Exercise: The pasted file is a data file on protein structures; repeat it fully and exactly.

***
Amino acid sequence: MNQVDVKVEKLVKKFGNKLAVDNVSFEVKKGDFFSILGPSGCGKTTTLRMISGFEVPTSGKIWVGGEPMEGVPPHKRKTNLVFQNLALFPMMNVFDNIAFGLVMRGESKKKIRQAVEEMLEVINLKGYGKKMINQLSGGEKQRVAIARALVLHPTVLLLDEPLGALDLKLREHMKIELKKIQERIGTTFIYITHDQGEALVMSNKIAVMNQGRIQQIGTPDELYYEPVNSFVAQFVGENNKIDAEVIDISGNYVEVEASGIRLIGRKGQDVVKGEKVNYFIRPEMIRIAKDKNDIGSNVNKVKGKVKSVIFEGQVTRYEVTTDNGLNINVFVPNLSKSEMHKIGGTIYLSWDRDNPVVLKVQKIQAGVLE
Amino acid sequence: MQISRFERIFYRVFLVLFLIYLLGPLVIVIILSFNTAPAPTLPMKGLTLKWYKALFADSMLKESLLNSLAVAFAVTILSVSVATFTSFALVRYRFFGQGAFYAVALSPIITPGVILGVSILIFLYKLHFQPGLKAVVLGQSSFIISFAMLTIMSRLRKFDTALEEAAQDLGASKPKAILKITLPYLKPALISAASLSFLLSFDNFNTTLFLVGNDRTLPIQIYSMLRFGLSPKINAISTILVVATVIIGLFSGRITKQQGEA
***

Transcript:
Amino acid sequence: MNQVDVKVEKLVKKFGNKLAVDNVSFEVKKGDFFSILGPSGCGKTTTLRMISGFEVPTSGKIWVGGEPMEGVPPHKRKTNLVFQNLALFPMMNVFDNIAFGLVMRGESKKKIRQAVEEMLEVINLKGYGKKMINQLSGGEKQRVAIARALVLHPTVLLLDEPLGALDLKLREHMKIELKKIQERIGTTFIYITHDQGEALVMSNKIAVMNQGRIQQIGTPDELYYEPVNSFVAQFVGENNKIDAEVIDISGNYVEVEASGIRLIGRKGQDVVKGEKVNYFIRPEMIRIAKDKNDIGSNVNKVKGKVKSVIFEGQVTRYEVTTDNGLNINVFVPNLSKSEMHKIGGTIYLSWDRDNPVVLKVQKIQAGVLE
Amino acid sequence: MQISRFERIFYRVFLVLFLIYLLGPLVIVIILSFNTAPAPTLPMKGLTLKWYKALFADSMLKESLLNSLAVAFAVTILSVSVATFTSFALVRYRFFGQGAFYAVALSPIITPGVILGVSILIFLYKLHFQPGLKAVVLGQSSFIISFAMLTIMSRLRKFDTALEEAAQDLGASKPKAILKITLPYLKPALISAASLSFLLSFDNFNTTLFLVGNDRTLPIQIYSMLRFGLSPKINAISTILVVATVIIGLFSGRITKQQGEA